A guest at my motel asked me to post his story. He looked like he went through hell… – Part 1

Three days ago, this kid arrived at my motel. Looked real terrible and really young, no older than sixteen, maybe seventeen.

Asked for a room and paid in cash. Looked like he went through hell. I didn’t ask a thing. You pay, you get a room, that’s my policy.

Came back and asked for a pen and something to write on. Only thing I had was an old notebook. Thought about starting a guestbook, but am I kidding. It’s a fucking motel.

Didn’t see the kid for two days. Then he walked out and handed me the notebook. Pleaded me to post it online where as many people as possible can see it.

I asked if he was alright. Looked much worse than before, sick, possibly dying. Didn’t say a damn word and just walked out into the night.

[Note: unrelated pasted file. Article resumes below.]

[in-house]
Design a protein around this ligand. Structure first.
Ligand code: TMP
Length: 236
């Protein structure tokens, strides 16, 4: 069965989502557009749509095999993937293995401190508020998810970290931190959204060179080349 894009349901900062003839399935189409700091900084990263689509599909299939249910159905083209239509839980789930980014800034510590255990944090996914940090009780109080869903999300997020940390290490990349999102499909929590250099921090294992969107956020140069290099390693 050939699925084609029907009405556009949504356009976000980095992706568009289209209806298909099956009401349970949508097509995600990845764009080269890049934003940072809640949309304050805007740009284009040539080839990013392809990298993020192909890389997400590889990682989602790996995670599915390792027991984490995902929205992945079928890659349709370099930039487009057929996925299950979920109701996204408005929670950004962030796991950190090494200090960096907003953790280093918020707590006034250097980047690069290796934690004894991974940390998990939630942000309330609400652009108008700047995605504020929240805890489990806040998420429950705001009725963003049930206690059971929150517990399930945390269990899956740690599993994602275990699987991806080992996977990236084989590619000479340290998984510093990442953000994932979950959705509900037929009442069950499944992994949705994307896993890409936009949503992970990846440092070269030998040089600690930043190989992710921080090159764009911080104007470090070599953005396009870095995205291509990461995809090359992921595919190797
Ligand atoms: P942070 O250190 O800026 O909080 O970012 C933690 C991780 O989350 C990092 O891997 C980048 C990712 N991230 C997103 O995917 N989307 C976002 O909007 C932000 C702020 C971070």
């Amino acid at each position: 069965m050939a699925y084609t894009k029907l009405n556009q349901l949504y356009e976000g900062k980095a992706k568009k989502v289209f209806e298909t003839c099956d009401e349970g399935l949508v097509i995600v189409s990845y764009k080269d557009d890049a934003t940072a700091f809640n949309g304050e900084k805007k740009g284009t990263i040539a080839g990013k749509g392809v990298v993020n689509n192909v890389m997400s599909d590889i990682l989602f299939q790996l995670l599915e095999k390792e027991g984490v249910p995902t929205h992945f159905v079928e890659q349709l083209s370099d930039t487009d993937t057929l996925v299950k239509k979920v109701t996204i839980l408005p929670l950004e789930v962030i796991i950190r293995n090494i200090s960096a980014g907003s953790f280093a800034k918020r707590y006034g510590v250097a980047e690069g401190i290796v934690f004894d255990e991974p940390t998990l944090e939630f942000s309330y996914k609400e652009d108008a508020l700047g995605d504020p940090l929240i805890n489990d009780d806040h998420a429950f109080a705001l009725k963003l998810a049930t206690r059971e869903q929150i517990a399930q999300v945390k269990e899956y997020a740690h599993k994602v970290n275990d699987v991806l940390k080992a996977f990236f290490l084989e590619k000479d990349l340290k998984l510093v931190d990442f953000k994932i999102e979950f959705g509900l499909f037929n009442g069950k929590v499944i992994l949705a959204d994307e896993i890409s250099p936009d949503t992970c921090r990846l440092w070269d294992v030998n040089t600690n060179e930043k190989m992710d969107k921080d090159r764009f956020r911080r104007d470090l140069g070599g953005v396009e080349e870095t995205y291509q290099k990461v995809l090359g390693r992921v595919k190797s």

Thought long and hard about it. Read through the whole thing twice. Can’t get that kids face out of my mind, the way he pleaded me. Get the feeling I won’t see him again.

So this is David Sullivan’s story.

Religion, it’s one of the foundations of human civilization.

Like many others, its influence has diminished by scientific knowledge and technological progress. Not so in my small hometown. Here the word of God still reigns supreme.

All of its inhabitants are still pious and devote. At least most of us are.

There was Ethan, however, the only atheist in our small town.

If it hadn’t been for him, my life would still be as ignorant and unimportant as it used to be.

Ethan and I got to know each other when mom and I moved to this small town. At the time, I was eleven years old. Mom became quick friends with Ethan’s mom due to a shared devotion to God. Ethan and I, still being children, became best friends in a few short days.

We both suffered through similar circumstances. My father had died a year ago, and Ethan’s had left his family behind and moved away.

There was one difference between us, though. While I was raised to be devoted Christian, Ethan had a strong dislike for the church and anything related to it. In the years to come, this dislike grew into a burning hatred.

That’s why he didn’t fit in with the rest of our small town, and ultimately, our friendship turned sour.